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Slicer Registration Training Videos

Below you will find brief videos/screencasts showing step-by-step approaches to the most common tasks. Most have no audio.

Registration Masking: How do I quickly generate a mask for use in registration?

There are several segmentation and editor tools that you can use to quickly generate a map to focus a registration onto the important content. Six approaches are shown below, but not all work equally well for all images. Example image is a T2-weighted MRI with a tumor. We seek to mask the brain parenchyma, i.e. perform basic skull stripping. We show these to give an introduction and overview over the tools available and the general approach in using them. Many variations and combinations exist. We therefore recommend you try a few on your data to get a feel of what works best for your needs. Also remember that masks for registration differ from other segmentation in that they do not need to be highly accurate. Also masks should include the dominant edges, thus it is recommended to dilate the final segmentation by a few pixels (see separate topic below).

  1. Subsample input image (1 min): One effective way to reduce manual editing time is to create a subsampled version of your data before you start, perform the segmentation/editing on the subsampled mask and then upsample again in the end. This works best for masks of structures that are large and have relatively smooth surfaces.
  2. Otsu automated thresholding (2 min): This fast and simple method works well if you seek to separate an object from the background. This will require some post-editing to cleanup. Not recommended for small structures.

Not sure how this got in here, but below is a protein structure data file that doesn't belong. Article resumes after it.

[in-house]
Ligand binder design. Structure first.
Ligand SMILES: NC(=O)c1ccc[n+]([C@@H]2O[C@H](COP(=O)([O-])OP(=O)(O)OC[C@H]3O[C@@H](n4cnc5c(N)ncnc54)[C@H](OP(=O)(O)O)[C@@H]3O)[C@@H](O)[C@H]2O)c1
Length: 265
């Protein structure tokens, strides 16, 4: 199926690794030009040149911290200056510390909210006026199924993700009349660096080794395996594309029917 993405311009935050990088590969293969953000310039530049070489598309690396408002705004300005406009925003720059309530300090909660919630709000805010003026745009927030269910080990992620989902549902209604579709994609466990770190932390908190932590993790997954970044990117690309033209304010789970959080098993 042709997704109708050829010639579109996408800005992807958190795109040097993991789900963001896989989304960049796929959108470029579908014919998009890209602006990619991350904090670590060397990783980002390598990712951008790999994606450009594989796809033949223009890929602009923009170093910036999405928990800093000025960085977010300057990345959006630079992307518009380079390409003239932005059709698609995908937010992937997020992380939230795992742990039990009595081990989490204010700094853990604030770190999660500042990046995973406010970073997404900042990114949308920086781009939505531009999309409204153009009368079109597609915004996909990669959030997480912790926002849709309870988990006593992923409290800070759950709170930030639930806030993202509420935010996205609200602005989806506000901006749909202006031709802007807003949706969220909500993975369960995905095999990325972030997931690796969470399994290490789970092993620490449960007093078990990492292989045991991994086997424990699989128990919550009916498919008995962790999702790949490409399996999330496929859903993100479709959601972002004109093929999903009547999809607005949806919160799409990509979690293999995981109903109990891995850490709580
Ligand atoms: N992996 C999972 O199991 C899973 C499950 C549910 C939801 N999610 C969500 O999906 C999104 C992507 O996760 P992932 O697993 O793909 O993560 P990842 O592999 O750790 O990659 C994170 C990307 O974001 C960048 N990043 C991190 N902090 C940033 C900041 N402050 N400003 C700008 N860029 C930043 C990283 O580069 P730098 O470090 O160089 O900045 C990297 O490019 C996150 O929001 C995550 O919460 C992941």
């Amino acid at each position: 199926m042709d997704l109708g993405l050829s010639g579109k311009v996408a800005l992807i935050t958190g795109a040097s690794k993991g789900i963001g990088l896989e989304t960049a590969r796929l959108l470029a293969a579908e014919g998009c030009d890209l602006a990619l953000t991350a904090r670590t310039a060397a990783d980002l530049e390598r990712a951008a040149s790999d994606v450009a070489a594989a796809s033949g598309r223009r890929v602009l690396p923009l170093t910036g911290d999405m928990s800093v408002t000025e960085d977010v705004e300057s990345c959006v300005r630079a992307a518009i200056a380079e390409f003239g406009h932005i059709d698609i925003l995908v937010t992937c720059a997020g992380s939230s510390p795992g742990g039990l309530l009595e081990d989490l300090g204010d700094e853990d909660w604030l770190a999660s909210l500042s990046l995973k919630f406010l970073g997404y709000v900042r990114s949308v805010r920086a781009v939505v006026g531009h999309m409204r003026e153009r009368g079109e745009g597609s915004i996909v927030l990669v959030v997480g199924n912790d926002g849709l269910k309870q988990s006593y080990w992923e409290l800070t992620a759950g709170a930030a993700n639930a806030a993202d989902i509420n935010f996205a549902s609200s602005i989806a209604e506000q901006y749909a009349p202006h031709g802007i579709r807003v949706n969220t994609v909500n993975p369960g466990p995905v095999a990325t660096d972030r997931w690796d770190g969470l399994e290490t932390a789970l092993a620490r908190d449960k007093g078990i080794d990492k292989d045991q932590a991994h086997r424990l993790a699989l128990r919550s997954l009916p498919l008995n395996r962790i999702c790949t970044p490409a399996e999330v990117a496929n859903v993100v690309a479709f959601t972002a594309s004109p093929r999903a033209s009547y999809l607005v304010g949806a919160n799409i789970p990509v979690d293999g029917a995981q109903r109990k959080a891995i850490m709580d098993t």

3. Robust Statistics Segmenter (3 min): This is a very effective segmenter that requires an initial "rough" segmentation as a starting point. You control the result via parameters for the smoothness, size and expected intensity variation of your object. Quite efficient in combination with level sets, as shown in the video.
  4. Grow-Cut Segmenter (4 min): This is a very powerful algorithm with sparse controls. Fast and effective. It also requires an initial "rough" segmentation as a starting point. You provide sample regions of at least 2 structures and let the module extrapolate. You can then reiterate by applying manual corrections and rerun. Very effective in combination with level sets, as shown in the video.
  5. Threshold Paintbrush (3 min): This editor tools combines the standard paintbrush with a threshold effect. You paint your ROI but only pixels within a specified threshold are selected. This is very useful to trace complex edges, which you can pick up effectively with a large brush in a few strokes.
  6. Global Threshold (2 min): This editor tool is the standard global threshold applied to the entire image. This simple approach can be very efficient if your structure of interest has good contrast and separates well spatially. Morphological filtering can be applied to clean up the result.